What a crew! We limited to 60 for this last swap. I recommend starting smaller - my first swap there were 20 in attendance.

Watering

Plant CareChristine K1 Comment

Last year, while researching the best care for my Fiddle leaf fig (Ficus lyrata), I came across a lot of sources that said these plants prefer filtered water. As an alternative, one could let the water sit out for 24 hours to “evaporate the bad stuff.” I proceeded to usually use filtered water from my refrigerator. However, the water comes out cold (and somewhat slowly) so I would either let it sit out to warm or even sometimes microwave it. Occasionally I would use tap water that I would sit out because I’d read that would work. As someone with a science background, I probably should have questioned that to begin with.

My collection of watering cans. I use them all - the larger ones I fill with filtered water from the garden hose (read on), bring inside then fill the smaller ones. I prefer the smaller, long narrow spout for watering container plants.

My collection of watering cans. I use them all - the larger ones I fill with filtered water from the garden hose (read on), bring inside then fill the smaller ones. I prefer the smaller, long narrow spout for watering container plants.

Hard Water

What is “hard” water? Some of us have a lot of calcium and magnesium carbonates in our tap water. The water tends to be more alkaline. Calcium and magnesium are not bad for plants (or us) in and of themselves, however theoretically if you are using them all the time on your plants you could be throwing the balance of your minerals and pH off. Some plants prefer less alkaline water as well. As for drinking, I prefer to filter it since I don’t like the taste. These compounds are not gas, and therefore they don’t dissolve if you let the water sit out. In fact, they will concentrate since they are salts.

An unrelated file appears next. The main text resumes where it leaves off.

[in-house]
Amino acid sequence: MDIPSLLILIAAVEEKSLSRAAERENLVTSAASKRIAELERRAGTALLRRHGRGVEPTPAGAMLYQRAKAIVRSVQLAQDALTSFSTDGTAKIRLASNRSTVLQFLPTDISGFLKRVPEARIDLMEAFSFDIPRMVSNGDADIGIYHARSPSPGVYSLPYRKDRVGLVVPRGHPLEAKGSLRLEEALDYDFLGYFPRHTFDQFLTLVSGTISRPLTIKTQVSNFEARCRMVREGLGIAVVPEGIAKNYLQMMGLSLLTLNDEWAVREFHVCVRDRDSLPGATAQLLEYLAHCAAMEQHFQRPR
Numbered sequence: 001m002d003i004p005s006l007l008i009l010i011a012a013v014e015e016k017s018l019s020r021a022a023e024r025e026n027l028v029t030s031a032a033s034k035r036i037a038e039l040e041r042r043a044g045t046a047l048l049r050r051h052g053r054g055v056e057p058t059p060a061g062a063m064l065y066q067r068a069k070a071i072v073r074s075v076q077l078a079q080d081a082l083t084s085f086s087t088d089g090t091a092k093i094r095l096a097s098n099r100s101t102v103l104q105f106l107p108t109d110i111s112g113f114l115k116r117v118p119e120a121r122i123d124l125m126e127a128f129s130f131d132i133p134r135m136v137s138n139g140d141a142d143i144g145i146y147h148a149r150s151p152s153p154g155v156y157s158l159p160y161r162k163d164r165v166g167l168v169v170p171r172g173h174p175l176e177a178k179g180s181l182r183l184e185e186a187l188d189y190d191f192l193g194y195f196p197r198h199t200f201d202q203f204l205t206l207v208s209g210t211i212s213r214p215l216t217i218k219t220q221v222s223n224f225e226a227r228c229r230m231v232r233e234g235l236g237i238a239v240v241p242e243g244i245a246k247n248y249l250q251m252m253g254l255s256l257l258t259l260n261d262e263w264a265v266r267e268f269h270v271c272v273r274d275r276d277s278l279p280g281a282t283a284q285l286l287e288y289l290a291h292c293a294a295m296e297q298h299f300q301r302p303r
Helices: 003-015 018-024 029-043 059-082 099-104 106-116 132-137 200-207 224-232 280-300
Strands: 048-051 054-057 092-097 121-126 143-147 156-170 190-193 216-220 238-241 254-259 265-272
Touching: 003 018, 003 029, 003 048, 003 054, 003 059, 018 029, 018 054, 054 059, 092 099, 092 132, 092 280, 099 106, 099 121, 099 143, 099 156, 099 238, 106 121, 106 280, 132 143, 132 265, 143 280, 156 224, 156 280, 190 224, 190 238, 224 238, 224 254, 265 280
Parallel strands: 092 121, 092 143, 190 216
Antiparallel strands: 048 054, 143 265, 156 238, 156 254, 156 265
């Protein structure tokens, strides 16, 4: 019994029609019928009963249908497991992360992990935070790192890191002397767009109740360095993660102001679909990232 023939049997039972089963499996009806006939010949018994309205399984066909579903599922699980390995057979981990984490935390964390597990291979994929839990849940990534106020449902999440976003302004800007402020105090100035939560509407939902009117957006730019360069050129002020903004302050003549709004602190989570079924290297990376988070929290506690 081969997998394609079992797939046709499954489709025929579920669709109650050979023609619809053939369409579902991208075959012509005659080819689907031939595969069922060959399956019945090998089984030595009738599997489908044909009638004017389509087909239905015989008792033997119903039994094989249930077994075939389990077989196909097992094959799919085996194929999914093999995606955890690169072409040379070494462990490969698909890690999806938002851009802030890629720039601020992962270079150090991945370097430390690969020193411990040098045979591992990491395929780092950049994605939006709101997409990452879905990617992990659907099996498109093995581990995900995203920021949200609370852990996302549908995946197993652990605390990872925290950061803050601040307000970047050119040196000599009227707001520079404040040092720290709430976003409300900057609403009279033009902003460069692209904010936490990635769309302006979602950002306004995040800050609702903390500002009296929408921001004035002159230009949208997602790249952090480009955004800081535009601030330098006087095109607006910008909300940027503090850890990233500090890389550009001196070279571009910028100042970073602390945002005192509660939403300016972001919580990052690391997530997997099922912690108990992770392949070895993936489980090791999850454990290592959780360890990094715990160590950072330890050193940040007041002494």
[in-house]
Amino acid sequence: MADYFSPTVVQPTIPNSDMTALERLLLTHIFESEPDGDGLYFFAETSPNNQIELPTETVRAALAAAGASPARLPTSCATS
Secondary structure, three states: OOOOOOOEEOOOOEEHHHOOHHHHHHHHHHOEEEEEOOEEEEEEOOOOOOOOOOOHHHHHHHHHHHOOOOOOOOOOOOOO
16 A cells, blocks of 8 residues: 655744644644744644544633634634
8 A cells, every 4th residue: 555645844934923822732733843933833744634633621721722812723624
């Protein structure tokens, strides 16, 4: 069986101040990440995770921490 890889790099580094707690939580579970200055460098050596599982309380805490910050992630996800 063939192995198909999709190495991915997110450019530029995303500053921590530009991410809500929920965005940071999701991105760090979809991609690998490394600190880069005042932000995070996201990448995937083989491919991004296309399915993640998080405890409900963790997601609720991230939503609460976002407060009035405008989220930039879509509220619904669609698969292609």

Softening your hard water (using a water softener) does not help this issue. Water softeners contain salt and this alters your plants’ abilities to use the water that’s available to them.

Treated Water

Most people living in developed countries have treated water. I don’t want to minimize how important it is to have our water treated. There are many water-borne illnesses that kill millions of people around the world every year. Many of these diseases happen in places with untreated water.

Most water is treated with cholorine. Chlorine comes in many forms, including compressed gas. This is where I believe the myth of letting water sit out came about. The chlorine in gas form will dissolve. However, most water treated with chlorine nowadays is in the form of chloramines. These are solid compounds, not gas. Not only will they not dissolve, they will concentrate if you let water sit out because some water evaporates.  Some of us also have sodium fluoride in our water. I won’t get in to the debate over that here, but the idea is that chlorine and fluoride regularly used on (especially container) plants can concentrate over time. Results can be browning/yellowing of leaves. There are other potential ill-effects such as killing some of the good microbes in the soil.